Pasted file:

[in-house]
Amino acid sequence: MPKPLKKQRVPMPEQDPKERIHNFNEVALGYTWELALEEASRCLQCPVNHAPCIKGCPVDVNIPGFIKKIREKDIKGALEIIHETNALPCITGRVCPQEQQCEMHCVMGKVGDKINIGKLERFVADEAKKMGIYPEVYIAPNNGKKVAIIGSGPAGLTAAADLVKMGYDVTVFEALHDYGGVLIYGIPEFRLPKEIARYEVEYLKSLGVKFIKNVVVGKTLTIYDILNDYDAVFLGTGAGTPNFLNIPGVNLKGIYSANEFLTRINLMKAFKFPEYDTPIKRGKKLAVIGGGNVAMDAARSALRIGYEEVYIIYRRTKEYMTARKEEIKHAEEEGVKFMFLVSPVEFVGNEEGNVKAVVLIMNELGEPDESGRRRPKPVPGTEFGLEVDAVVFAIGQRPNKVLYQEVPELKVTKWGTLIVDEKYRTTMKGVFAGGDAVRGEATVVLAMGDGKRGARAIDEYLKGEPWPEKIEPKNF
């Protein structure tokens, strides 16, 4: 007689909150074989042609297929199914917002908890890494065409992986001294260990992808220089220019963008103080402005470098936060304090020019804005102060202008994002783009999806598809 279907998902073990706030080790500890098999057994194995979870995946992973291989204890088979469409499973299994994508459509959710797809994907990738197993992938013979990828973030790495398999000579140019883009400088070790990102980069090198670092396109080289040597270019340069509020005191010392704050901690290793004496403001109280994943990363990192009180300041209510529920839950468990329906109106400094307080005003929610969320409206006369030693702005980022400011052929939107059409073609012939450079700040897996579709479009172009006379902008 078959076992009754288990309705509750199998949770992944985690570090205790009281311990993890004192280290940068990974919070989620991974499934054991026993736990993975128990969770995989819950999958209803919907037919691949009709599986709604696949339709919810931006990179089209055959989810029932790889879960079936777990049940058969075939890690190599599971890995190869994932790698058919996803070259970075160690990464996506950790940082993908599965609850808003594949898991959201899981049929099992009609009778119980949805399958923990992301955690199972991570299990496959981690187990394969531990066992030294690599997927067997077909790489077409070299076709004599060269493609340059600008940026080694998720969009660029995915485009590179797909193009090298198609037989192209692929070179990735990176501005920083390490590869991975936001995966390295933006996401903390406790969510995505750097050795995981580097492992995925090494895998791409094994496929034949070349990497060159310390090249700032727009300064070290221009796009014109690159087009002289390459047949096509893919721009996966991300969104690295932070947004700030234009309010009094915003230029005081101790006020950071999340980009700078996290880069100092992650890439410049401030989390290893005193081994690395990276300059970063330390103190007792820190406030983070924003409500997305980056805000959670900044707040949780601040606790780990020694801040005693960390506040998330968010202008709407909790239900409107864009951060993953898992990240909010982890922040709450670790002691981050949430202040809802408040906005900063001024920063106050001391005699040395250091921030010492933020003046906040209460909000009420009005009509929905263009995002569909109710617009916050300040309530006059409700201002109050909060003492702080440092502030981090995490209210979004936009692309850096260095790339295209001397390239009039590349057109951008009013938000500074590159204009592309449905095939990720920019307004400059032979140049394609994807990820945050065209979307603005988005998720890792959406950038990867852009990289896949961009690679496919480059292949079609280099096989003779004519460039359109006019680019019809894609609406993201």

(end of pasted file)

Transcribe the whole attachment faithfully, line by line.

[in-house]
Amino acid sequence: MPKPLKKQRVPMPEQDPKERIHNFNEVALGYTWELALEEASRCLQCPVNHAPCIKGCPVDVNIPGFIKKIREKDIKGALEIIHETNALPCITGRVCPQEQQCEMHCVMGKVGDKINIGKLERFVADEAKKMGIYPEVYIAPNNGKKVAIIGSGPAGLTAAADLVKMGYDVTVFEALHDYGGVLIYGIPEFRLPKEIARYEVEYLKSLGVKFIKNVVVGKTLTIYDILNDYDAVFLGTGAGTPNFLNIPGVNLKGIYSANEFLTRINLMKAFKFPEYDTPIKRGKKLAVIGGGNVAMDAARSALRIGYEEVYIIYRRTKEYMTARKEEIKHAEEEGVKFMFLVSPVEFVGNEEGNVKAVVLIMNELGEPDESGRRRPKPVPGTEFGLEVDAVVFAIGQRPNKVLYQEVPELKVTKWGTLIVDEKYRTTMKGVFAGGDAVRGEATVVLAMGDGKRGARAIDEYLKGEPWPEKIEPKNF
């Protein structure tokens, strides 16, 4: 007689909150074989042609297929199914917002908890890494065409992986001294260990992808220089220019963008103080402005470098936060304090020019804005102060202008994002783009999806598809 279907998902073990706030080790500890098999057994194995979870995946992973291989204890088979469409499973299994994508459509959710797809994907990738197993992938013979990828973030790495398999000579140019883009400088070790990102980069090198670092396109080289040597270019340069509020005191010392704050901690290793004496403001109280994943990363990192009180300041209510529920839950468990329906109106400094307080005003929610969320409206006369030693702005980022400011052929939107059409073609012939450079700040897996579709479009172009006379902008 078959076992009754288990309705509750199998949770992944985690570090205790009281311990993890004192280290940068990974919070989620991974499934054991026993736990993975128990969770995989819950999958209803919907037919691949009709599986709604696949339709919810931006990179089209055959989810029932790889879960079936777990049940058969075939890690190599599971890995190869994932790698058919996803070259970075160690990464996506950790940082993908599965609850808003594949898991959201899981049929099992009609009778119980949805399958923990992301955690199972991570299990496959981690187990394969531990066992030294690599997927067997077909790489077409070299076709004599060269493609340059600008940026080694998720969009660029995915485009590179797909193009090298198609037989192209692929070179990735990176501005920083390490590869991975936001995966390295933006996401903390406790969510995505750097050795995981580097492992995925090494895998791409094994496929034949070349990497060159310390090249700032727009300064070290221009796009014109690159087009002289390459047949096509893919721009996966991300969104690295932070947004700030234009309010009094915003230029005081101790006020950071999340980009700078996290880069100092992650890439410049401030989390290893005193081994690395990276300059970063330390103190007792820190406030983070924003409500997305980056805000959670900044707040949780601040606790780990020694801040005693960390506040998330968010202008709407909790239900409107864009951060993953898992990240909010982890922040709450670790002691981050949430202040809802408040906005900063001024920063106050001391005699040395250091921030010492933020003046906040209460909000009420009005009509929905263009995002569909109710617009916050300040309530006059409700201002109050909060003492702080440092502030981090995490209210979004936009692309850096260095790339295209001397390239009039590349057109951008009013938000500074590159204009592309449905095939990720920019307004400059032979140049394609994807990820945050065209979307603005988005998720890792959406950038990867852009990289896949961009690679496919480059292949079609280099096989003779004519460039359109006019680019019809894609609406993201």